The HIP estimator generator **220** may generate a HIP estimator for each node of a graph using the all-distances sketch associated with the node from the all-distances sketch data **187**. The generated HIP estimators may be stored by the HIP estimator generator **220** as the HIP estimator data **185**. The HIP estimator generator **220** may generate a HIP estimator from the all-distances sketch associated with a node i by scanning the entries in the all-distances sketch in order of increasing distance from i, and for each node j∈ADS(i), generating an adjusted weight a_{ij}>0 for the node. The collection of adjusted weights for a node may be the HIP estimator for the node and may be stored as the HIP estimator data **185**.

For all-distances sketches generated using bottom-k sketches, the HIP estimator generator **220** may generate an adjusted weight for a node v by first listing nodes by increasing Dijkstra rank with respect to v. For each node i an inclusion threshold value τ_{i }may be computed or determined using Equation 1, where k is the number of samples in the sketches and φ_{<i }(ν) is the set of nodes that are closer to the node v than the node i:

τ_{i}*=k*_{r}^{th}{φ_{<i}(ν)∩*ADS*(ν)} (1).

The HIP estimator generator **220** may set the adjusted weight a_{vi }for a node i to 0 if i∉ADS(ν) and may set the adjusted weight a_{vi }to 1/τ_{i }if i∈ADS(ν). The generated adjusted weights for each node are inverse-probability estimates with respect to the probability τ_{i }of including the node i in ADS(ν).

For all-distances sketches generated using k-mins sketches and k-partition sketches, the HIP estimator generator **220** may similarly set the adjusted weight a_{vi }for a node i to 0 if i∉ADS(ν) and may set the adjusted weight a_{vi }to 1/τ_{i }if i∈ADS(ν). However, how the inclusion threshold value τ_{i }is determined may be changed. For k-mins sketches, a node i is included in an ADS(ν) only if it has a rank value that is smaller than the minimum rank in φ_{<i}(ν) in at least one of the k assignments r_{h}, h∈[k]. Conditioned on fixed ranks of the nodes in φ_{<i}(ν), the HIP estimator generator **220** may determine the inclusion threshold using Equation 2:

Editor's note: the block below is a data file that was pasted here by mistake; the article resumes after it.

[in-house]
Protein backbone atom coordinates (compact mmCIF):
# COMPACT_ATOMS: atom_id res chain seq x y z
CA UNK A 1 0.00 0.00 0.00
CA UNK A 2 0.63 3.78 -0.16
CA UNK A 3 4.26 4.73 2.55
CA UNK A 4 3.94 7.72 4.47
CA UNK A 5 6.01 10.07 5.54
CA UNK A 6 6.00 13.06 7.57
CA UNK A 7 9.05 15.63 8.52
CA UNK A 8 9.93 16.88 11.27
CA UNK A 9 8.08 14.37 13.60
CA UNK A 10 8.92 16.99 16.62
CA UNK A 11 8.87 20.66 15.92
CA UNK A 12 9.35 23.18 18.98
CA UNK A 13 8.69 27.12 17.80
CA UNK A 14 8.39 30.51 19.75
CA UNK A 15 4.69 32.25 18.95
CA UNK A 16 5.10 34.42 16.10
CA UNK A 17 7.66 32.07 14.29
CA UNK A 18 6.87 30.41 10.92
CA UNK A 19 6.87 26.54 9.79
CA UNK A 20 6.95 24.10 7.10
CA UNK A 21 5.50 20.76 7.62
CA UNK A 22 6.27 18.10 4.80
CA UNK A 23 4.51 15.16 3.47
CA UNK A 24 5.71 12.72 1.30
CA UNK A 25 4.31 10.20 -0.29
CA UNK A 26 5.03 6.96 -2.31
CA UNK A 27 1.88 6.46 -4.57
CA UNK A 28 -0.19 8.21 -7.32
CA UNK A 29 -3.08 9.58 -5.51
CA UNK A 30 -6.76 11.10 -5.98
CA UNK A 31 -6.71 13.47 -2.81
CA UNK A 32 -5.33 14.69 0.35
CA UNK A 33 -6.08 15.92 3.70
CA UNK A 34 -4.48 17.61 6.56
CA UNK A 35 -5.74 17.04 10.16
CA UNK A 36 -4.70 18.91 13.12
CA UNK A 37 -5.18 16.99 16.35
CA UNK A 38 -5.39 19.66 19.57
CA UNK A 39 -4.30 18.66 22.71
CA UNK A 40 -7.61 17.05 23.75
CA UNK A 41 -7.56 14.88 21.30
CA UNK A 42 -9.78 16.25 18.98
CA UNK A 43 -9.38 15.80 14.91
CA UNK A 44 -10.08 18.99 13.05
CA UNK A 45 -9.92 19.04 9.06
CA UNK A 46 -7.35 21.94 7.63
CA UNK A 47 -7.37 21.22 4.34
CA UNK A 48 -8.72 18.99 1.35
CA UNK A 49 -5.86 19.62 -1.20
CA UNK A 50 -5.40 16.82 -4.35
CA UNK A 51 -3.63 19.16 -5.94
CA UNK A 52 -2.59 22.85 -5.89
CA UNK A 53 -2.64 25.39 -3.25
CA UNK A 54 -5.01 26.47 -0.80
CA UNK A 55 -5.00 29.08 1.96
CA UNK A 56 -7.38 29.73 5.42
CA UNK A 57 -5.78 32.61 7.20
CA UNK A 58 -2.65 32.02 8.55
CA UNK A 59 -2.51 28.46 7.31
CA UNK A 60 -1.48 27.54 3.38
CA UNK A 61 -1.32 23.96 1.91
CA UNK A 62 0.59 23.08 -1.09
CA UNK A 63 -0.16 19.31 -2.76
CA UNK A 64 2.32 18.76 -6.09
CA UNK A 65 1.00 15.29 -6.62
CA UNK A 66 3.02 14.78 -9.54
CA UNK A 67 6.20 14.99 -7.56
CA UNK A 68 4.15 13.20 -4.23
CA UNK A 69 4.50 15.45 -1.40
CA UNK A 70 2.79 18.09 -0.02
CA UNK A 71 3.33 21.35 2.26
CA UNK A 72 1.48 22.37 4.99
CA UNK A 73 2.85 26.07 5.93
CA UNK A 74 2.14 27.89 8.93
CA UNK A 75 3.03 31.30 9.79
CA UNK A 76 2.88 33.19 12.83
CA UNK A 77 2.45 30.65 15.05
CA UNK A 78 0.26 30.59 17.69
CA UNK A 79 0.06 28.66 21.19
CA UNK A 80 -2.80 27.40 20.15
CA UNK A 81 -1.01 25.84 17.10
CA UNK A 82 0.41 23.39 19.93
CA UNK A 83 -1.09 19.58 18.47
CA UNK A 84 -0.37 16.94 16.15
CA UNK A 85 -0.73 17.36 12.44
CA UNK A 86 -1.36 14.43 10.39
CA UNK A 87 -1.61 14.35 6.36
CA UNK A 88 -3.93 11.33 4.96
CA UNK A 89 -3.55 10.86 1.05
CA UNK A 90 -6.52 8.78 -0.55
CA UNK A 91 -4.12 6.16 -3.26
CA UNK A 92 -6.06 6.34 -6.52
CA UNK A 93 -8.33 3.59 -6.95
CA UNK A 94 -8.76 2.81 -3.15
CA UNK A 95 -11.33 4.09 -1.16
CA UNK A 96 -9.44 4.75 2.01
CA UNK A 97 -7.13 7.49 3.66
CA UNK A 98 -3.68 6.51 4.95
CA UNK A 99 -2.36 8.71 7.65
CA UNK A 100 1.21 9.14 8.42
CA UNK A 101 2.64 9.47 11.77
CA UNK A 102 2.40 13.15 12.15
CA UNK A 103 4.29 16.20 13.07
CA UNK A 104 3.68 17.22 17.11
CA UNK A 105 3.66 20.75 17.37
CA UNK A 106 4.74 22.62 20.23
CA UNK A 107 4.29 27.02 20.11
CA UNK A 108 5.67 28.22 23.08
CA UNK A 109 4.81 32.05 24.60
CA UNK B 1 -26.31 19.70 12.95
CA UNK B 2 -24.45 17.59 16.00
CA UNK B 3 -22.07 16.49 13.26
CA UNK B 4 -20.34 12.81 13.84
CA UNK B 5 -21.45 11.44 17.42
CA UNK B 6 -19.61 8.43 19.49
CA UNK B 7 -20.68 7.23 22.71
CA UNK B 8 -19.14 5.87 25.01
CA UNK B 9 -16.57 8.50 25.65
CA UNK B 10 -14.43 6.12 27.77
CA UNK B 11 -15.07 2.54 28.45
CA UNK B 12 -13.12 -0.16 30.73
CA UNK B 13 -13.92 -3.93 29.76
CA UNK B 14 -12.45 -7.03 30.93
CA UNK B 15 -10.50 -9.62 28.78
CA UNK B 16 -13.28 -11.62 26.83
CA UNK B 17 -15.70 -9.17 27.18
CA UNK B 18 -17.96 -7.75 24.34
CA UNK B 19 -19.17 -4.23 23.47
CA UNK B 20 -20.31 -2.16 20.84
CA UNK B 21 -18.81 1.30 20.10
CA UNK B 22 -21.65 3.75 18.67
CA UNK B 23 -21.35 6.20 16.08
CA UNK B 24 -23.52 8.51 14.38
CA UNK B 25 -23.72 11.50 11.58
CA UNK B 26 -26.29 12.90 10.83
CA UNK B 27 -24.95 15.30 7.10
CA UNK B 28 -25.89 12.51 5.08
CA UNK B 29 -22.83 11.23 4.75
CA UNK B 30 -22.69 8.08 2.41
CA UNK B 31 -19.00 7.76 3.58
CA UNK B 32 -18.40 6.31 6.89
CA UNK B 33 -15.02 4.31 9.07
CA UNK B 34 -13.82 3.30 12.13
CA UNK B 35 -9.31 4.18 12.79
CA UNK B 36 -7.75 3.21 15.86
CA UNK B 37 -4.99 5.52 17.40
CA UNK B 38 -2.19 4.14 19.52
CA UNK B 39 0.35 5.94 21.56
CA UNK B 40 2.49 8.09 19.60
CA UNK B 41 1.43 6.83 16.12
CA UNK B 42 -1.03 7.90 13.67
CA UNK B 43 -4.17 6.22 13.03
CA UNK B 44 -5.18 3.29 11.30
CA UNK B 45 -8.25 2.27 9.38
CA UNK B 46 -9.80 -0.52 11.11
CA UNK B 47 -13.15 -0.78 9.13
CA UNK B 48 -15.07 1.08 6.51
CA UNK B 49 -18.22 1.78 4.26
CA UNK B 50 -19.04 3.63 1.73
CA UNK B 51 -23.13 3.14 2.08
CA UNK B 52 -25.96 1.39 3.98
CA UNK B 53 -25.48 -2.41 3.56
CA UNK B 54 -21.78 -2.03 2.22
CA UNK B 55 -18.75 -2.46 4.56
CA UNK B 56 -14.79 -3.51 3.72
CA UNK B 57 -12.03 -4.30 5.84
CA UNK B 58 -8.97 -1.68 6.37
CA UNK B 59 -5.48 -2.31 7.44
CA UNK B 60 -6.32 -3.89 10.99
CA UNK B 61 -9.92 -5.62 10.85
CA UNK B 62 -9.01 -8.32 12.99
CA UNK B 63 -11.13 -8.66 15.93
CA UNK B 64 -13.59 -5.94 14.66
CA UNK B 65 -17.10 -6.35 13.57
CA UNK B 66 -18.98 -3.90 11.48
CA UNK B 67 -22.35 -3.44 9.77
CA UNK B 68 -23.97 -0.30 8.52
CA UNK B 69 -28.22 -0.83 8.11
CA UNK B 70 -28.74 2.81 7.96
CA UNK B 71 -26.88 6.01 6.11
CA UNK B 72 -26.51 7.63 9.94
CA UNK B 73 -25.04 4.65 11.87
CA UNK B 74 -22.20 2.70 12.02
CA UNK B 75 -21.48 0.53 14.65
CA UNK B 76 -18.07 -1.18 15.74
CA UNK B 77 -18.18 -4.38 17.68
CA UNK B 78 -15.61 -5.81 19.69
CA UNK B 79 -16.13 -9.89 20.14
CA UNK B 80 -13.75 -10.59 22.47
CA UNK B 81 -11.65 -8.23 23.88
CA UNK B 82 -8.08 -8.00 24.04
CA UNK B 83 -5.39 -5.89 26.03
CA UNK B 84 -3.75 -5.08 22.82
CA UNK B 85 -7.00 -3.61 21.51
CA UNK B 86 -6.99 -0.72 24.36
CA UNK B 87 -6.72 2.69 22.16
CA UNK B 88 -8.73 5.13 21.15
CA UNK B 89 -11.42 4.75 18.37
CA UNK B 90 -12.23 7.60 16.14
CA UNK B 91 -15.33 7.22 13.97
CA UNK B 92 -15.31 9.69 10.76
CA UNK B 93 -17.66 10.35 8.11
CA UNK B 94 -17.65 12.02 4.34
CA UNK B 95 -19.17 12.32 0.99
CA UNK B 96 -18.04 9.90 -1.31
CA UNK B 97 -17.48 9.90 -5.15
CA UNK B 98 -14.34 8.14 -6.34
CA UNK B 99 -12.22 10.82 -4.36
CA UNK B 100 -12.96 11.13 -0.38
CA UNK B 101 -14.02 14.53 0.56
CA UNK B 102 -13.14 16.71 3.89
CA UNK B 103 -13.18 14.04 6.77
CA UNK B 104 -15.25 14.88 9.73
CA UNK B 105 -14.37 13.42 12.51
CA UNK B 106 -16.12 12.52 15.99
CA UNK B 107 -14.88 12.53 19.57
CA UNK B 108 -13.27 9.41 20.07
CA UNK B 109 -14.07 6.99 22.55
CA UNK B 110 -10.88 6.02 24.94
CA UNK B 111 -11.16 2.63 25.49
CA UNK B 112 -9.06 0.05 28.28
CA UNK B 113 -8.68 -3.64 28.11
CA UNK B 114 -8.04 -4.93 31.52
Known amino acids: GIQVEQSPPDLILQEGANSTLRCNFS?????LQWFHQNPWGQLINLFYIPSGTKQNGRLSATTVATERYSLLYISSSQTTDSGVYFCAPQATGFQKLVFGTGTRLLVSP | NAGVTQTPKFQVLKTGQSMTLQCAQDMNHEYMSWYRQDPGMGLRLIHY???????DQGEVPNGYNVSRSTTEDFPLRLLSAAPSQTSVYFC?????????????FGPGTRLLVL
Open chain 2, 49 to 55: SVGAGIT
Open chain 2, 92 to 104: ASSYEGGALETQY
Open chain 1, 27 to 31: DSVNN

τ_{i}=1˜Π_{h=1}^{k}(1˜min(*r*_{h}(*j*)_{j≦i-1})) (2).

For k-partition sketches, the rank values and the partition mapping (to one of k buckets V_{1}, . . . , V_{k}) may be fixed for all nodes in φ_{<i}(ν). The HIP estimator generator **220** may determine the inclusion threshold using Equation 3:

The HIP estimator engine **180** may perform one or more graph operations corresponding to the graph operation request **145** using the HIP estimators stored in the HIP estimator data **185**. In some implementations, the graph operations may include arbitrary operations Q_{g}(i) where g(j, d_{ij})≧0 is an arbitrary function of node identifiers and distances, and may be represented by Equation 4:

*Q*_{g}(*i*)=Σ_{j|d}_{i,j}_{<∞}*g*(*d*_{i,j}*,j*) (4).

Using the adjusted weights of the HIP estimators, the HIP estimator engine **180** may estimate Q_{g}(i) as {circumflex over (Q)}_{g}(i) using Equation 5 as a sum over the nodes in the all-distances sketch associated with the node i:

*{circumflex over (Q)}*_{g}(*i*)=Σ_{j∈ADS(i)}*a*_{ij}*g*(*d*_{i,j}*,j*) (5).

Another requested graph operation may be for the distance decay closeness centrality of a node i. A general form of the distance decay closeness centrality C_{α,β}(i) is shown in Equation 6, where α≧0 is a monotone non-increasing function and β≧0 is a non-negative function over node identifiers:

*C*_{α,β}(*i*)=Σ_{j|d}_{i,j}_{<∞}α(*d*_{i,j})β(*j*) (6).

Using the adjusted weights of the HIP estimators, the HIP estimator engine **180** may estimate C_{α,β}(i) as Ĉ_{α,β}(i) using Equation 7:

{circumflex over (*C*)}_{α,β}(*i*)=Σ_{j∈ADS(i)}α_{ij}α(*d*_{i,j})β(*j*) (7).

By adjusting the functions and/or values used for α or β, the HIP estimator engine **180** may estimate a variety of graph operations using Equation 7. For example, the function β may be adjusted to filter or weigh nodes according to metadata. Neighborhood cardinality may be calculated by setting β≡1 and α(x)=1 if x≦d and α(x)=0 otherwise. Setting α(x)≡1 may calculate the number of reachable nodes from i, setting α(x)=2^{−x }may calculate exponential attenuation with distance, and setting α(x)=1/x may calculate the inverse harmonic mean of distances from i. Other operations may be supported.